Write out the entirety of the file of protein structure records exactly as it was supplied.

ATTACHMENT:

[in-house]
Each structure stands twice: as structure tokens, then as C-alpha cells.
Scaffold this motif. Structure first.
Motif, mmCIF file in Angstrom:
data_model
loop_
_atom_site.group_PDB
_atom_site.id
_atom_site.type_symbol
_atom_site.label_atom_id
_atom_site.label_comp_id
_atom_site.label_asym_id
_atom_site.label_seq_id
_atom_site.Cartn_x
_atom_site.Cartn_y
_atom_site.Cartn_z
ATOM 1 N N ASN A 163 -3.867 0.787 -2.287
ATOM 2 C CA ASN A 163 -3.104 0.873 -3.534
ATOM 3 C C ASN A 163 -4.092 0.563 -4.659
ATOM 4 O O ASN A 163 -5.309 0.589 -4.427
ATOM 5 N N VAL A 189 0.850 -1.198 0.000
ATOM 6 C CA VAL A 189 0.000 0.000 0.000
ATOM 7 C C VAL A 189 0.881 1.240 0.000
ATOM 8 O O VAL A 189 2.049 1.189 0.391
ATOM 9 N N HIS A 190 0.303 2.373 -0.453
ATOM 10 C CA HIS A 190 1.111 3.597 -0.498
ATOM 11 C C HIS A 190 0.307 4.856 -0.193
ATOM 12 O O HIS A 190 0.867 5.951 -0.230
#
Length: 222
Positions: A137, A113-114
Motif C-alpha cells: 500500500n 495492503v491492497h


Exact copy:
[in-house]
Each structure stands twice: as structure tokens, then as C-alpha cells.
Scaffold this motif. Structure first.
Motif, mmCIF file in Angstrom:
data_model
loop_
_atom_site.group_PDB
_atom_site.id
_atom_site.type_symbol
_atom_site.label_atom_id
_atom_site.label_comp_id
_atom_site.label_asym_id
_atom_site.label_seq_id
_atom_site.Cartn_x
_atom_site.Cartn_y
_atom_site.Cartn_z
ATOM 1 N N ASN A 163 -3.867 0.787 -2.287
ATOM 2 C CA ASN A 163 -3.104 0.873 -3.534
ATOM 3 C C ASN A 163 -4.092 0.563 -4.659
ATOM 4 O O ASN A 163 -5.309 0.589 -4.427
ATOM 5 N N VAL A 189 0.850 -1.198 0.000
ATOM 6 C CA VAL A 189 0.000 0.000 0.000
ATOM 7 C C VAL A 189 0.881 1.240 0.000
ATOM 8 O O VAL A 189 2.049 1.189 0.391
ATOM 9 N N HIS A 190 0.303 2.373 -0.453
ATOM 10 C CA HIS A 190 1.111 3.597 -0.498
ATOM 11 C C HIS A 190 0.307 4.856 -0.193
ATOM 12 O O HIS A 190 0.867 5.951 -0.230
#
Length: 222
Positions: A137, A113-114
Motif C-alpha cells: 500500500n 495492503v491492497h